Cultivation details
Landscape Uses:Border, Container, Massing, Rock garden, Specimen. A very easily grown plant that tolerates considerable neglect[233], it prefers a sunny position in a well-drained soil that contains some lime[1, 79]. Grows well in dry soils in light deciduous shade[187]. Succeeds in full sun or partial shade[79]. Prefers a pH in the range 6 to 7.5 or higher[200]. Many named varieties have been selected for their ornamental value[187]. The plant is also sometimes cultivated for the essential oil in its root[9]. The plant is sterile and does not produce seed[233]. Members of this genus are rarely if ever troubled by browsing deer or rabbits[233]. Special Features:Not North American native, All or parts of this plant are poisonous, Attracts butterflies, Suitable for cut flowers, Fragrant flowers.
Propagation
Seed - best sown as soon as it is ripe in a cold frame. Stored seed should be sown as early in the year as possible in a cold frame. A sterile plant, it does not produce seed[233]. Division, best done after flowering. Very easy, larger clumps can be replanted direct into their permanent positions, though it is best to pot up smaller clumps and grow them on in a cold frame until they are rooting well. Plant them out in the spring.
Other Names
Found In
Weed Potential

Right plant wrong place. We are currently updating this section. Please note that a plant may be invasive in one area but may not in your area so it’s worth checking.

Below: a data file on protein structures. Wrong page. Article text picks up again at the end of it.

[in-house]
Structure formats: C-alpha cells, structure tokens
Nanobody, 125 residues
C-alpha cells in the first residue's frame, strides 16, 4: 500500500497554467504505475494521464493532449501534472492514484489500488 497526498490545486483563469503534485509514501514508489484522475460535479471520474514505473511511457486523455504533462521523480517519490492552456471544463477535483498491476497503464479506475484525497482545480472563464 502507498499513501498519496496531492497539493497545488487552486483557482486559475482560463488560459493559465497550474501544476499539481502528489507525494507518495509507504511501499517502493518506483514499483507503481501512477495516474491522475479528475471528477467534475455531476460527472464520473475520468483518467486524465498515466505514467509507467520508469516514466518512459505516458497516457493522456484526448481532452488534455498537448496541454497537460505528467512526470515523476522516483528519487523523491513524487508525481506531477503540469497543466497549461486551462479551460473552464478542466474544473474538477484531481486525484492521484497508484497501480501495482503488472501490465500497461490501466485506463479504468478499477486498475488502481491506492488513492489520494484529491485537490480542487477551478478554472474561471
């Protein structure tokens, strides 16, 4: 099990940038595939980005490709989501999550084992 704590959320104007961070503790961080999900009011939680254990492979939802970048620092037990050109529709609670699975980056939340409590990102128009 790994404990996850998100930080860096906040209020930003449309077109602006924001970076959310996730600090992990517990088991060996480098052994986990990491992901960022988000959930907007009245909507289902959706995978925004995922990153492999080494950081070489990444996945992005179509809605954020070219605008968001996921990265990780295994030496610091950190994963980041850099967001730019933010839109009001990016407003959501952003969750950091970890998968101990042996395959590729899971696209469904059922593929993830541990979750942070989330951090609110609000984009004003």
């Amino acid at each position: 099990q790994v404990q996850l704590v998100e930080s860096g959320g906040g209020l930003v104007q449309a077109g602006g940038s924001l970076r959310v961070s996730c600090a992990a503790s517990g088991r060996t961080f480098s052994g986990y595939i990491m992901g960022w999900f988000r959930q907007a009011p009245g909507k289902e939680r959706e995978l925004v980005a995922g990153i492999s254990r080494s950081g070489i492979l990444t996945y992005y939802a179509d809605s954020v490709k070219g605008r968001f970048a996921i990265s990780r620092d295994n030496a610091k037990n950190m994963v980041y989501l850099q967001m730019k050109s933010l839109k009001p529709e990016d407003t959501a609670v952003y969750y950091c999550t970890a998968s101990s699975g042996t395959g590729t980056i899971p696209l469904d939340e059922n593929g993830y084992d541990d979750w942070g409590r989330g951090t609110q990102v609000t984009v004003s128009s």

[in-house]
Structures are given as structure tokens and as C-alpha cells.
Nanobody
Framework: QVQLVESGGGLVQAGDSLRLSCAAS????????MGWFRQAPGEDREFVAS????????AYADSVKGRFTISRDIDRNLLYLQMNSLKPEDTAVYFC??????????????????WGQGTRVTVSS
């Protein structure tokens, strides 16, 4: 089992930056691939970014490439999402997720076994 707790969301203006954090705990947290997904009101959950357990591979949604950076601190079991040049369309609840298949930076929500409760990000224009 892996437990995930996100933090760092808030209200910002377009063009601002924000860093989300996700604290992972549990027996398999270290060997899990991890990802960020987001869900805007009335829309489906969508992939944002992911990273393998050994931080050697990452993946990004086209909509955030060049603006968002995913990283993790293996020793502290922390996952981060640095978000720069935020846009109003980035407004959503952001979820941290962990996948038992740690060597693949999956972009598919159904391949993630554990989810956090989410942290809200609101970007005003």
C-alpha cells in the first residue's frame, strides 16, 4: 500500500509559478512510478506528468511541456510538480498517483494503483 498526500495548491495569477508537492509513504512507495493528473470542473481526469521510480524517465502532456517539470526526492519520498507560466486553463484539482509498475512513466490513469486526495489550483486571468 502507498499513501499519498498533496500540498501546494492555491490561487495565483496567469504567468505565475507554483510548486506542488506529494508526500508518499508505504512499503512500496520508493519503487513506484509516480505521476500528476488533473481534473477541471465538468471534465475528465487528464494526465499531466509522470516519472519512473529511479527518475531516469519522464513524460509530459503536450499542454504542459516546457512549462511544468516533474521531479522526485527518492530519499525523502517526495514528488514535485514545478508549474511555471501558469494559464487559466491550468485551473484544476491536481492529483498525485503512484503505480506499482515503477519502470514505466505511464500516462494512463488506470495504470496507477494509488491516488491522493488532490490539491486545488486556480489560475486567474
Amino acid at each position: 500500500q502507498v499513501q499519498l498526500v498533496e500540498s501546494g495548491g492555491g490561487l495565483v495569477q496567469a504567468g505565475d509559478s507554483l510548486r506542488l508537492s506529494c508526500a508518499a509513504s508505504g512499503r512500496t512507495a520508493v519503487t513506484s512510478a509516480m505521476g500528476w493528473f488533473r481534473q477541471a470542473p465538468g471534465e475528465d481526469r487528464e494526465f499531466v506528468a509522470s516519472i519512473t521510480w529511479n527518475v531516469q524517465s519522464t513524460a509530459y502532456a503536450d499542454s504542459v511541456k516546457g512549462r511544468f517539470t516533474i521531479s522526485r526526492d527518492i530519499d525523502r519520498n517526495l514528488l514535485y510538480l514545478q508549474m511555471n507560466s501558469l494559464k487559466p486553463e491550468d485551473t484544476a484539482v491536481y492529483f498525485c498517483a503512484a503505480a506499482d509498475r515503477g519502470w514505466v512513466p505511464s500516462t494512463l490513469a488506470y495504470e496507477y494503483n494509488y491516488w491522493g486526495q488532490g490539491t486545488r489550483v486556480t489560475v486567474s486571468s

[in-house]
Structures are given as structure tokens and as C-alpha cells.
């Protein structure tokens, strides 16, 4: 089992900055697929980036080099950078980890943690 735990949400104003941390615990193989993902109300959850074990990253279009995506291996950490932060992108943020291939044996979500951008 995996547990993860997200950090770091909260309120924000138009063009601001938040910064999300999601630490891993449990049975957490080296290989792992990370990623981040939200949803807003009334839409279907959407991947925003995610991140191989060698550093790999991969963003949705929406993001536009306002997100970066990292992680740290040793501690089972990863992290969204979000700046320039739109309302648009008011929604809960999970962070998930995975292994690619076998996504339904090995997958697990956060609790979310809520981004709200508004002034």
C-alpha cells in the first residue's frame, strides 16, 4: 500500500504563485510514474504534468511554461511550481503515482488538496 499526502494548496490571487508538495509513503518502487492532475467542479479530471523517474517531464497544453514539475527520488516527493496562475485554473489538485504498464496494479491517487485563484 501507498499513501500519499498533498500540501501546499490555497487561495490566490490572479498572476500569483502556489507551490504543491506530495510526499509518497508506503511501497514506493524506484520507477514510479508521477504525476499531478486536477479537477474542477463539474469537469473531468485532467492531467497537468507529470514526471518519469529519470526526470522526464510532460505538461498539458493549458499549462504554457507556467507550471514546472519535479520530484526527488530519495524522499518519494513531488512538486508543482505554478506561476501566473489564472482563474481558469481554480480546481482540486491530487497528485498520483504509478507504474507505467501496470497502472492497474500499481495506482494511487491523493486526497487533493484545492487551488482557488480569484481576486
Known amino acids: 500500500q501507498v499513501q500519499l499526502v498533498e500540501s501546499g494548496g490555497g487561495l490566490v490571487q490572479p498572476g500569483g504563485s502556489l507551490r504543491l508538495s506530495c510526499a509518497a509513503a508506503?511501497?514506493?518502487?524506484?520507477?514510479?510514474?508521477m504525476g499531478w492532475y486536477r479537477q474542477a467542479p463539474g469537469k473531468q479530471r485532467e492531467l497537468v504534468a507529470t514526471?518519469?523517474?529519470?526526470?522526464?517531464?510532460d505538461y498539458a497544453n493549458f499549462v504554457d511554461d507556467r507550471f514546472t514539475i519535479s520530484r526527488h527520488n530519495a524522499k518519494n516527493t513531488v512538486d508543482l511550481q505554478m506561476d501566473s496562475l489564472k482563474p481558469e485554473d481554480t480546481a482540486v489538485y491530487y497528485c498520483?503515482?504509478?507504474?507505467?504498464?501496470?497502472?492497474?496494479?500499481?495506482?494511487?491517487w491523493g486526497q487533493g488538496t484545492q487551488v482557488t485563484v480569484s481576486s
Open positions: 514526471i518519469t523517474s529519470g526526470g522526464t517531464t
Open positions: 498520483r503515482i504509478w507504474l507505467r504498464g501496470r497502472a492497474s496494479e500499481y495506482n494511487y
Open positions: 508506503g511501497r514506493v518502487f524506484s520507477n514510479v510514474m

Conservation Status
IUCN Red List of Threatened Plants Status :
Related Plants
Latin NameCommon NameEdibility RatingMedicinal Rating
Albizia lebbeckSiris Tree, Woman's Tongue, East Indian Walnut12
Albizia proceraWhite Siris, Tall Albizia, Forest Siris12
Bobartia indicaRush Iris00
Gynandriris sisyrinchiumSpanish Nut10
Iris cristataCrested Iris, Dwarf crested iris11
Iris decora 01
Iris douglasianaMountain Iris, Douglas iris00
Iris ensataJapanese Water Iris11
Iris filifolia 10
Iris foetidissimaStinking Gladwin, Stinking iris, Gladwin Iris02
Iris germanica florentinaOrris, Orris-root13
Iris japonica 12
Iris kemaonensis 02
Iris macrosiphonBowltube Iris01
Iris missouriensisRocky Mountain Iris12
Iris pallidaDalmation Iris, Sweet iris, Fragrant Iris, Zebra Iris21
Iris pseudacorusYellow Flag, Paleyellow iris12
Iris purdyiPurdy's Iris00
Iris sanguineaBlood iris01
Iris setosaBeachhead Iris, Canada beachhead iris, Wild flag11
Iris sibiricaSiberian Iris11
Iris tectorumRoof Iris, Wall iris, Japanese Roof, White Root Iris10
Iris tenaxTough-Leaf Iris, Klamath iris01
Iris versicolorBlue Flag, Harlequin blueflag03
Solanum tuberosumPotato, Irish potato52
Tagetes filifoliaIrish Lace10
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Subject : Iris germanica